Garth, I have seen photos of Mineral wool in the service cavities

  39. albertrooks | | #39

    Lucas, we seem to think along similar lines. I like it.

    I'd really like to use screws in that application. I've even done a few test with a pocket hole on the top side of the 2x3. If its unfamiliar, look up a Kreg Jig. The thing I like about it is that it can be a pretty quick hang for screws if you are planning on pre-drilling. By using a pocket hole, the screw goes in at a 15 degree angle inclined from level. Or, at 105 degrees from the stud face instead of 90. It's kind of like pre-loading the fastener since its "oddly face screwed" in shear.

    I hate fighting bad screws through long depths of framing lumber that's not pre drilled.

    Of course nails are so much kinder to the guy that comes behind for a later remodel...

  40. albertrooks | | #40

    I like adding insulation into the service cavity. It's an available cavity that is ready to fill. The only real issue is having the right thickness available. To take the idea a little farther, for the Passive House designer, if they don't insulate the cavity, it counts as treated floor area in the PHPP. Not that it's all about Passive House, it's just illuminating that it counts either as insulated assembly, or as heated floor area. It's not something that can be set aside and ignored. It has a value in either retention or consumption of the heating/cooling load.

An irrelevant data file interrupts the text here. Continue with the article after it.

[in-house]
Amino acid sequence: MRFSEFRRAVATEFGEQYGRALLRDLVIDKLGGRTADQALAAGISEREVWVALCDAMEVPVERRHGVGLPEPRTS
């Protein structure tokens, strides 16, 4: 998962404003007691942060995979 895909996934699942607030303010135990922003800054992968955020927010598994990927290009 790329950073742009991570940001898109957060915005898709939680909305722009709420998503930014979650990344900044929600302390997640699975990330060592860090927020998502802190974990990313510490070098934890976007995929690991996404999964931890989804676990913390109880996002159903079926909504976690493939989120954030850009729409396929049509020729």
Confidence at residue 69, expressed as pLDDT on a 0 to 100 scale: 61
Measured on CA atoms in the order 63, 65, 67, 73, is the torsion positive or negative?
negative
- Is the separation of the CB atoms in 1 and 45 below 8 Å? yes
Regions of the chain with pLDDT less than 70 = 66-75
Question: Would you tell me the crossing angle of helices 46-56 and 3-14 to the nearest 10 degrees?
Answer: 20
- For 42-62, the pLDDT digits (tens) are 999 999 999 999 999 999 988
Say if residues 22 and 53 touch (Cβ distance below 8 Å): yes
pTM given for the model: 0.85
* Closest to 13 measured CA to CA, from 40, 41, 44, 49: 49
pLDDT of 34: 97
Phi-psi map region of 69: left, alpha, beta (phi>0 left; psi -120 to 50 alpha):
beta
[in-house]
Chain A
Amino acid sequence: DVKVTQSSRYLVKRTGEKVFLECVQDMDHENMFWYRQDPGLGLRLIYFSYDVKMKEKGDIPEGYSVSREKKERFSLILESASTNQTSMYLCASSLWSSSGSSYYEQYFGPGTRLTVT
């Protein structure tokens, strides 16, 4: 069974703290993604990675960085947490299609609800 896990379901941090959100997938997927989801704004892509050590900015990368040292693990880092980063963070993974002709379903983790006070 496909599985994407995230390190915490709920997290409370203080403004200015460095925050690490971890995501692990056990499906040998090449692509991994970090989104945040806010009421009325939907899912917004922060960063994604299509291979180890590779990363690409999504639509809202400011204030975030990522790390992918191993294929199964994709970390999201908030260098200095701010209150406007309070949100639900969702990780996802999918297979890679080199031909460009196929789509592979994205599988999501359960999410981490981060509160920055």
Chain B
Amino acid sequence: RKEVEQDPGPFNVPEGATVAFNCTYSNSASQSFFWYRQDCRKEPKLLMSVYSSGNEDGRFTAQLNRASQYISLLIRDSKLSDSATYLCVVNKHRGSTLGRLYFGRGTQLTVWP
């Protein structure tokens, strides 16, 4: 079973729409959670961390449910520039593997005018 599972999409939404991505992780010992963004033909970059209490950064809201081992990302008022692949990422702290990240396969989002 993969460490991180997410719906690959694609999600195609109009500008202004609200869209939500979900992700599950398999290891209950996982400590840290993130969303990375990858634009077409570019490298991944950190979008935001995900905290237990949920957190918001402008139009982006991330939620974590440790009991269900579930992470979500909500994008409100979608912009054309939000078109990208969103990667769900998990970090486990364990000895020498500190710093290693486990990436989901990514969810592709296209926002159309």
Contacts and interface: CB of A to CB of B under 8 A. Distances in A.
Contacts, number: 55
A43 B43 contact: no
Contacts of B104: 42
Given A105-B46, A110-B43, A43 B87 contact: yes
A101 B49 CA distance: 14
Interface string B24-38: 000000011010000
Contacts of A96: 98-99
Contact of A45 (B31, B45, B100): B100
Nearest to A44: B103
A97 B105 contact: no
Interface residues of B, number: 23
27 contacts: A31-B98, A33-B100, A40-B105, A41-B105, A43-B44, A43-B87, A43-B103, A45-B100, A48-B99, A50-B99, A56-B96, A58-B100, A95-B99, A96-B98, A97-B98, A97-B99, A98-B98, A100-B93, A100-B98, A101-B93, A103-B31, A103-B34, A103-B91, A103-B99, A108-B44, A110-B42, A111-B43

41. user941025 | | #41

    I'm glad this probably an obscure thread. I can go at length without fear of boring too many people.

    Comprehensive answers are what help make the forum worthwhile. Thanks for giving in to your impulses.

  42. user-757117 | | #42

    I think pressure boundary is a better "concept" than "air control layer" or "air barrier"

    I agree.
    I know BSC lists "pressure boundary" in their glossary.
    I googled "pressure boundary definition" just for fun.

    Seems that the most hits are related to nuclear engineering...
    Here's a snip from an engineering forum that I thought was interesting:

  43. user-757117 | | #43

    I guess this fellow has never heard of ADA...

  44. user-757117 | | #44

    By using a pocket hole, the screw goes in at a 15 degree angle inclined from level. Or, at 105 degrees from the stud face instead of 90. It's kind of like pre-loading the fastener since its "oddly face screwed" in shear.

    Thanks for the tip.
    Sounds like "pre-sagging" the screws when fastening through super-thick foam...

  45. user-757117 | | #45

    ...a static pressure differential between two sides.

    This may be true for some type of reactor vessel...

    I think for enclosures that seperate the "outdoors" from "indoors", it might be more accurate to say something like: